Updated June 2012
T. E. Lawrence to his family
[On S.S. Royal George]
End of March, 1916
We are in the Straits now. - Bab el Mandeb - with a splendid Arabia on one side, and a dull damp Persia on the other. I wonder why Arabia is the best-looking land, however you see it. I suppose it is the name that does it.
We have been about ten days at sea, and have perhaps two more, I suppose. A comfortable-going ship, where they leave one alone, and easy water. Rather cold some days, but generally mild and pleasant. There hasn't been much to see. A long-continued line of Arabian hills on the left, some Red Sea Islands, no more than rocks, and Aden, which is a jagged rim of coloured cliffs sticking up out of the water... no beach, no flat land, but very beautifully coloured, and striated, with deep polished ravines. From the sea it was splendid, but it would be hot to live in on the sheltered side, where the little port is.
Flying fish are little things like minnows, that splash off the water like a flung stone. They look pretty at night, when it is phosphorescent, for then they leap away from the ship in jagged flights, splashing out constellations of stars.
I won't write to you from Basra I expect. I will be very busy ashore, and will make my way back probably by the boat which would carry the mail. Unless I have fortune to return at the same time as the flagship, in which case I will go twice as fast. We will take about twelve or thirteen days this trip.
I hope Bob is better. Diphtheria seems to be a very unpleasant ailment: however you will not be sorry to have him sitting at home for a bit.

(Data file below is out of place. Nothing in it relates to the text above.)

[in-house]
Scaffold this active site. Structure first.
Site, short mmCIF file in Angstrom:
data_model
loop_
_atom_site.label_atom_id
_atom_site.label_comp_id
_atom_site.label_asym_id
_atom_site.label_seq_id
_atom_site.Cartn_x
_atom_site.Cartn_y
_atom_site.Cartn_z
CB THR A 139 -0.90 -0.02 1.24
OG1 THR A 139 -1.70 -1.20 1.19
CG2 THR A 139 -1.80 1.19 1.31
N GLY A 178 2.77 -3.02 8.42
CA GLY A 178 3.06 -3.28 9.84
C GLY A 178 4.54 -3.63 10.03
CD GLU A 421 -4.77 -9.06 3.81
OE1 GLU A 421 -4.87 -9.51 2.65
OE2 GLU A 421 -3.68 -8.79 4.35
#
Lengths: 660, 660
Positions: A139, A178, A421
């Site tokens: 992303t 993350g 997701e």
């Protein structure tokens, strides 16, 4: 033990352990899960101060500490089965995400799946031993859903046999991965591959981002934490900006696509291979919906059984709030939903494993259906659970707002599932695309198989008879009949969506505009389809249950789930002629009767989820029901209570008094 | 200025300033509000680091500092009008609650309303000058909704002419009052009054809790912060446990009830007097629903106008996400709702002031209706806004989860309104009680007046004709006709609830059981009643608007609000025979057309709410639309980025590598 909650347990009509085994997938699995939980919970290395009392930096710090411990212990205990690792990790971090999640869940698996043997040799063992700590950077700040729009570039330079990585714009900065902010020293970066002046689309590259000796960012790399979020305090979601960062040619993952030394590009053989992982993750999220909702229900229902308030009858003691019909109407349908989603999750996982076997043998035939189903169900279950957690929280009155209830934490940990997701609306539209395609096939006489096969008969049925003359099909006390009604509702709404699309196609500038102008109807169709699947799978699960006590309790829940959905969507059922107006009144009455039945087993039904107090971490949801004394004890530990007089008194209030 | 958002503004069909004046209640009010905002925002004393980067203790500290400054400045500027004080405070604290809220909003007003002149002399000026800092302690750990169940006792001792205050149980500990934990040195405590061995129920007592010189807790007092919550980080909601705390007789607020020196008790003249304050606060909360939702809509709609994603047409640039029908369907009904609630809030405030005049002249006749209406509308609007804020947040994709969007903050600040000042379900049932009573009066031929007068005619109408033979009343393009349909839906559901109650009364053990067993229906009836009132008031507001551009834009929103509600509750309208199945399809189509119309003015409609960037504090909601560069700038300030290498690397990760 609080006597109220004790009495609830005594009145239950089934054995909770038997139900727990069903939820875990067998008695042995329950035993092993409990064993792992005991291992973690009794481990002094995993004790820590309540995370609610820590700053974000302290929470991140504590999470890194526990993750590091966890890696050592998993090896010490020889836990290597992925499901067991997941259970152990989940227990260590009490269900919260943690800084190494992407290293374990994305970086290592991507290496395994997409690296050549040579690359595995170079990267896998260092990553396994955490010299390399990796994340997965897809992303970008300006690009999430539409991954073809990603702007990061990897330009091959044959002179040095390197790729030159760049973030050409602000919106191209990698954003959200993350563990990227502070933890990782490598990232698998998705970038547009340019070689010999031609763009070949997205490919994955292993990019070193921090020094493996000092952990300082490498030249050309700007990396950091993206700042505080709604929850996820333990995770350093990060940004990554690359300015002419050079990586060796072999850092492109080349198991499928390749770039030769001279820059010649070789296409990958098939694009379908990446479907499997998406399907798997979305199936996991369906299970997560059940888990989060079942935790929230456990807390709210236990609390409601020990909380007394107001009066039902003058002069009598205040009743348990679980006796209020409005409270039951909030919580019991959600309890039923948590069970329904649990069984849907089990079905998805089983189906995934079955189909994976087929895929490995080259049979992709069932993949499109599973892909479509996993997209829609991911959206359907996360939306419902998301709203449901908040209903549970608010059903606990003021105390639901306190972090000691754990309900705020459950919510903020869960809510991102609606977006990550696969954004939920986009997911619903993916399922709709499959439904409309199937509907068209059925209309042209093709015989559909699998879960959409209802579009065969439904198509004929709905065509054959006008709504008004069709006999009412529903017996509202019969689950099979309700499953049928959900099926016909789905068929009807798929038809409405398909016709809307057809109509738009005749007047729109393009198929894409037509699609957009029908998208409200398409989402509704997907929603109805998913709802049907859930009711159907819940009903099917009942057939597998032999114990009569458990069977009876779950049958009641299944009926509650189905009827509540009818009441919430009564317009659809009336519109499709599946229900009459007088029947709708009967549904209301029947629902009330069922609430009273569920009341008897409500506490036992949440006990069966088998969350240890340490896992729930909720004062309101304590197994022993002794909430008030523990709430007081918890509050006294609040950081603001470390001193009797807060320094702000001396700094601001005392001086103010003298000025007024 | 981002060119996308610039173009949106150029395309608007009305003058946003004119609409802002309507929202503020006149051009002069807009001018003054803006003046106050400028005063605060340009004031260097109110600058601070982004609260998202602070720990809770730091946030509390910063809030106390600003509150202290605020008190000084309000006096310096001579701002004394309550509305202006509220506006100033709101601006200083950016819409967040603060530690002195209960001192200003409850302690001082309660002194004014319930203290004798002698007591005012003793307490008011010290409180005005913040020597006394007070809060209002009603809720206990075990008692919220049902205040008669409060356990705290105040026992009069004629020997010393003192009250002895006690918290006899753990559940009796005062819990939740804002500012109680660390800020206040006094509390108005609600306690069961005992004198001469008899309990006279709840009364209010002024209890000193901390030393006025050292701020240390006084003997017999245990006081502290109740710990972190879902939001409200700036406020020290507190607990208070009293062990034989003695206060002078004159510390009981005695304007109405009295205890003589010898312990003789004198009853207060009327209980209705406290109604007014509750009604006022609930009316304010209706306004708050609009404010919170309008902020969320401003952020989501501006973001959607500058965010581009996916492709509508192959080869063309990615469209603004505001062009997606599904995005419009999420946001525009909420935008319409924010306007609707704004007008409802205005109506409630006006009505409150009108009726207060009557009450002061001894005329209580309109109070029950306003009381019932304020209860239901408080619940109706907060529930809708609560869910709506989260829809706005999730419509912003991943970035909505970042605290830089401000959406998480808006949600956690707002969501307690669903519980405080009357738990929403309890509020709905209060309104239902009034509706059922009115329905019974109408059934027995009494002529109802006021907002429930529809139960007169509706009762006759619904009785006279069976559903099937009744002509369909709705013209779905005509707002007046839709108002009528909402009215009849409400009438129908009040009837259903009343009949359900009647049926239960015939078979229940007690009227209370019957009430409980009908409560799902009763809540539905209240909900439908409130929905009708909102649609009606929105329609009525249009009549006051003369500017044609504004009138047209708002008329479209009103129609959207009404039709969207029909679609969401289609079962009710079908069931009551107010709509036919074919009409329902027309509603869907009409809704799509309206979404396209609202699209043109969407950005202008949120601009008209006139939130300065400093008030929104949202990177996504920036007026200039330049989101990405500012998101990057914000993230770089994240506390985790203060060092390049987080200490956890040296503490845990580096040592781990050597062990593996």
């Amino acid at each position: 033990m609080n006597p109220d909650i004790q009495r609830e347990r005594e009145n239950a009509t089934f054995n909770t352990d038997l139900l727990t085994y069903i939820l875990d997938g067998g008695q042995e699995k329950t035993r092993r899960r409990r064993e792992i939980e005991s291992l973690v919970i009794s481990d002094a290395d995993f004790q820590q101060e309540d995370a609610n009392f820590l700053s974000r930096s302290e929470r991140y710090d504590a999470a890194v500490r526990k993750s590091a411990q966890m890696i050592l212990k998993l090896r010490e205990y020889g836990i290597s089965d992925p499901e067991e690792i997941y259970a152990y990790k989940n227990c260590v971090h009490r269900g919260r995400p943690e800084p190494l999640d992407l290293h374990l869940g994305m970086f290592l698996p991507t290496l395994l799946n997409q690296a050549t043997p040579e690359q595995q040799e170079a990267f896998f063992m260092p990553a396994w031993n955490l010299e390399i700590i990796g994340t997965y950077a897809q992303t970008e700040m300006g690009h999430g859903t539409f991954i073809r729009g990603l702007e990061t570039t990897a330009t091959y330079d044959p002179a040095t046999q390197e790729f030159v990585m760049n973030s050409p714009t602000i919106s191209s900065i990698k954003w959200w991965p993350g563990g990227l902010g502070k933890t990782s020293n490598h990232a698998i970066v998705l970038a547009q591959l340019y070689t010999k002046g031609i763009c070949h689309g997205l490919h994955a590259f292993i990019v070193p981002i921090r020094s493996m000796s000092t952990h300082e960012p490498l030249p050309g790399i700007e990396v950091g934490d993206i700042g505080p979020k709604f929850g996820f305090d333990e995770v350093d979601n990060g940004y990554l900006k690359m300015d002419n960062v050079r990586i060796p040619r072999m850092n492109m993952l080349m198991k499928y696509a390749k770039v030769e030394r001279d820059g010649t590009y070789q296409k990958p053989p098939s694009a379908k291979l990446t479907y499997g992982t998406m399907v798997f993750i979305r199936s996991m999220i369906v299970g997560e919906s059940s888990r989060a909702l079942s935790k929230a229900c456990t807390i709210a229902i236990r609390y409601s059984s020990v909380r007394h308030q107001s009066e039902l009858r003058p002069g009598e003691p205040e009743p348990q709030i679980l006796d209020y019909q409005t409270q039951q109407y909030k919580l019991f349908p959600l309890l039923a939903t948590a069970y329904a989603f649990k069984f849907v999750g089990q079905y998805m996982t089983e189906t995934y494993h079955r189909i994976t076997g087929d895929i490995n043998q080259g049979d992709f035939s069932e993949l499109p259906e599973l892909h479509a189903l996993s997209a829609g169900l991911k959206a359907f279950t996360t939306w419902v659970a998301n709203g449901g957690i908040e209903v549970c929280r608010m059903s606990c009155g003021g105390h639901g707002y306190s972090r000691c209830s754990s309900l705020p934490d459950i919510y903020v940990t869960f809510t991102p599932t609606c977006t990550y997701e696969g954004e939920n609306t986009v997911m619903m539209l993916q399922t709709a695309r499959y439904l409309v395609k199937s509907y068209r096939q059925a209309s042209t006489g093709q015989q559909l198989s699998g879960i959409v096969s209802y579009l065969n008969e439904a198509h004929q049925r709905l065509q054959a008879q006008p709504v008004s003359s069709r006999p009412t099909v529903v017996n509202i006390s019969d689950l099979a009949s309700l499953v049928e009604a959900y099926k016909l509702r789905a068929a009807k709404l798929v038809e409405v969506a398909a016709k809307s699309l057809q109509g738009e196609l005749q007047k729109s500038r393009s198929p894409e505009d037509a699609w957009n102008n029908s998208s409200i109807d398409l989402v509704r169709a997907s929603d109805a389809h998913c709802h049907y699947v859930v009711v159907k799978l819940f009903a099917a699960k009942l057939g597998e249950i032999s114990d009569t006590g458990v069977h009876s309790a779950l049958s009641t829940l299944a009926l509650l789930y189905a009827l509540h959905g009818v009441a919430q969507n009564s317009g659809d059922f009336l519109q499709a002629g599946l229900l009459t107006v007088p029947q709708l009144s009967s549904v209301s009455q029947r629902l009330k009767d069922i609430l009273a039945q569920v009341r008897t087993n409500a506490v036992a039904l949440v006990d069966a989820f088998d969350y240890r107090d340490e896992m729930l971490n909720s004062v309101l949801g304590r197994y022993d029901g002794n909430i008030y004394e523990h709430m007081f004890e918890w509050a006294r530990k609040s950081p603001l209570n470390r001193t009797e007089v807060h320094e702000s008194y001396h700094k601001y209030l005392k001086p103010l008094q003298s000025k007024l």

Tell Arnie that Heredia (in my house) is a man who paints pictures in words as perfectly as ever they have been done in colour. Let him get fond of Hypnos. There is more in that little head in the bronze room than came out of Phigaleia. If the Ashmolean is still open let him try and understand those broken heads by Scopas. It is an education which takes time.
I expect Mr. Hogarth is in Egypt now. I want to bring Gertrude [Bell] back with me, and our Arabian office will be complete.
|Last revised:||2 January 2006|
T. E. Lawrence chronology
1888 16 August: born at Tremadoc, Wales
1896-1907: City of Oxford High School for Boys
1907-9: Jesus College, Oxford, B.A., 1st Class Hons, 1909
1910-14: Magdalen College, Oxford (Senior Demy), while working at the British Museum's excavations at Carchemish
1915-16: Military Intelligence Dept, Cairo
1916-18: Liaison Officer with the Arab Revolt
1919: Attended the Paris Peace Conference
1919-22: wrote Seven Pillars of Wisdom
1921-2: Adviser on Arab Affairs to Winston Churchill at the Colonial Office
1922 August: Enlisted in the Ranks of the RAF
1923 January: discharged from the RAF
1923 March: enlisted in the Tank Corps
1923: translated a French novel, The Forest Giant
1924-6: prepared the subscribers' abridgement of Seven Pillars of Wisdom
1927-8: stationed at Karachi, then Miranshah
1927 March: Revolt in the Desert, an abridgement of Seven Pillars, published
1928: completed The Mint, began translating Homer's Odyssey
1929-33: stationed at Plymouth
1931: started working on RAF boats
1932: his translation of the Odyssey published
1933-5: attached to MAEE, Felixstowe
1935 February: retired from the RAF
1935 19 May: died from injuries received in a motor-cycle crash on 13 May
1935 21 May: buried at Moreton, Dorset